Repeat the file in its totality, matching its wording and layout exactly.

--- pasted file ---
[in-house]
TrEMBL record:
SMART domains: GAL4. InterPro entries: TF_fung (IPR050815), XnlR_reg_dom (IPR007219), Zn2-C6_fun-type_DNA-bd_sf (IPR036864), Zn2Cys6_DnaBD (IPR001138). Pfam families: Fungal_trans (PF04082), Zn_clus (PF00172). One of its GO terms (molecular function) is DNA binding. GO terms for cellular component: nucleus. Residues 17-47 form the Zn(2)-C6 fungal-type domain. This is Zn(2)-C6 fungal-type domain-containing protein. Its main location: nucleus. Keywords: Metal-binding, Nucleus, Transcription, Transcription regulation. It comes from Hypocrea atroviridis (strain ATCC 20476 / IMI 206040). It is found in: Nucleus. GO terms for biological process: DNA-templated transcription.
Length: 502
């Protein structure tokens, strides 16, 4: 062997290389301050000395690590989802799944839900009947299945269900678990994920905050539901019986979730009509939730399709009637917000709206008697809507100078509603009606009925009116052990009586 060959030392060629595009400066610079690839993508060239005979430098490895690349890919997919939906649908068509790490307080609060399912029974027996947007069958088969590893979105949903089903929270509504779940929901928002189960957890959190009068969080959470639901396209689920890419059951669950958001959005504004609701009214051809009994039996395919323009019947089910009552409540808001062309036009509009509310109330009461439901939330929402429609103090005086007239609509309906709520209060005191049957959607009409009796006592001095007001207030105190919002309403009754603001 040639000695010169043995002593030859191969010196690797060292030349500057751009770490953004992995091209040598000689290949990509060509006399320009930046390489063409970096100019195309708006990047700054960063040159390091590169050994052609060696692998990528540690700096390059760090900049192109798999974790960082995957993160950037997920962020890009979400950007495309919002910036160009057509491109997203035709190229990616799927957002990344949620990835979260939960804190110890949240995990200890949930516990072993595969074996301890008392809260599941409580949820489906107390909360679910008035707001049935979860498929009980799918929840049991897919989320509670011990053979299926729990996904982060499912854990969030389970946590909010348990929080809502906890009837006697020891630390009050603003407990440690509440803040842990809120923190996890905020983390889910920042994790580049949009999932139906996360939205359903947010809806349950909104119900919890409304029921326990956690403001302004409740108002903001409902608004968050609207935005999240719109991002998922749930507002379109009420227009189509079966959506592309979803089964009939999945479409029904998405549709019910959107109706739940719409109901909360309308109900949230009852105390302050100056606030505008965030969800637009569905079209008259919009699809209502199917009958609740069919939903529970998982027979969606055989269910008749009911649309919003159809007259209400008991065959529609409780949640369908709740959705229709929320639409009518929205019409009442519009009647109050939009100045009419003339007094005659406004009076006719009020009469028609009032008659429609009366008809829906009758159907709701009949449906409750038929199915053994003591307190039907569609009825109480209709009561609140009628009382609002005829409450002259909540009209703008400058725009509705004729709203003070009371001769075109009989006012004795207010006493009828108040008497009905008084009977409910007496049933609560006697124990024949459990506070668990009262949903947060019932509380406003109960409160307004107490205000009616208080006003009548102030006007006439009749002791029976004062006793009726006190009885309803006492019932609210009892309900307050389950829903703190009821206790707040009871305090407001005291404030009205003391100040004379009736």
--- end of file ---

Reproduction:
[in-house]
TrEMBL record:
SMART domains: GAL4. InterPro entries: TF_fung (IPR050815), XnlR_reg_dom (IPR007219), Zn2-C6_fun-type_DNA-bd_sf (IPR036864), Zn2Cys6_DnaBD (IPR001138). Pfam families: Fungal_trans (PF04082), Zn_clus (PF00172). One of its GO terms (molecular function) is DNA binding. GO terms for cellular component: nucleus. Residues 17-47 form the Zn(2)-C6 fungal-type domain. This is Zn(2)-C6 fungal-type domain-containing protein. Its main location: nucleus. Keywords: Metal-binding, Nucleus, Transcription, Transcription regulation. It comes from Hypocrea atroviridis (strain ATCC 20476 / IMI 206040). It is found in: Nucleus. GO terms for biological process: DNA-templated transcription.
Length: 502
């Protein structure tokens, strides 16, 4: 062997290389301050000395690590989802799944839900009947299945269900678990994920905050539901019986979730009509939730399709009637917000709206008697809507100078509603009606009925009116052990009586 060959030392060629595009400066610079690839993508060239005979430098490895690349890919997919939906649908068509790490307080609060399912029974027996947007069958088969590893979105949903089903929270509504779940929901928002189960957890959190009068969080959470639901396209689920890419059951669950958001959005504004609701009214051809009994039996395919323009019947089910009552409540808001062309036009509009509310109330009461439901939330929402429609103090005086007239609509309906709520209060005191049957959607009409009796006592001095007001207030105190919002309403009754603001 040639000695010169043995002593030859191969010196690797060292030349500057751009770490953004992995091209040598000689290949990509060509006399320009930046390489063409970096100019195309708006990047700054960063040159390091590169050994052609060696692998990528540690700096390059760090900049192109798999974790960082995957993160950037997920962020890009979400950007495309919002910036160009057509491109997203035709190229990616799927957002990344949620990835979260939960804190110890949240995990200890949930516990072993595969074996301890008392809260599941409580949820489906107390909360679910008035707001049935979860498929009980799918929840049991897919989320509670011990053979299926729990996904982060499912854990969030389970946590909010348990929080809502906890009837006697020891630390009050603003407990440690509440803040842990809120923190996890905020983390889910920042994790580049949009999932139906996360939205359903947010809806349950909104119900919890409304029921326990956690403001302004409740108002903001409902608004968050609207935005999240719109991002998922749930507002379109009420227009189509079966959506592309979803089964009939999945479409029904998405549709019910959107109706739940719409109901909360309308109900949230009852105390302050100056606030505008965030969800637009569905079209008259919009699809209502199917009958609740069919939903529970998982027979969606055989269910008749009911649309919003159809007259209400008991065959529609409780949640369908709740959705229709929320639409009518929205019409009442519009009647109050939009100045009419003339007094005659406004009076006719009020009469028609009032008659429609009366008809829906009758159907709701009949449906409750038929199915053994003591307190039907569609009825109480209709009561609140009628009382609002005829409450002259909540009209703008400058725009509705004729709203003070009371001769075109009989006012004795207010006493009828108040008497009905008084009977409910007496049933609560006697124990024949459990506070668990009262949903947060019932509380406003109960409160307004107490205000009616208080006003009548102030006007006439009749002791029976004062006793009726006190009885309803006492019932609210009892309900307050389950829903703190009821206790707040009871305090407001005291404030009205003391100040004379009736």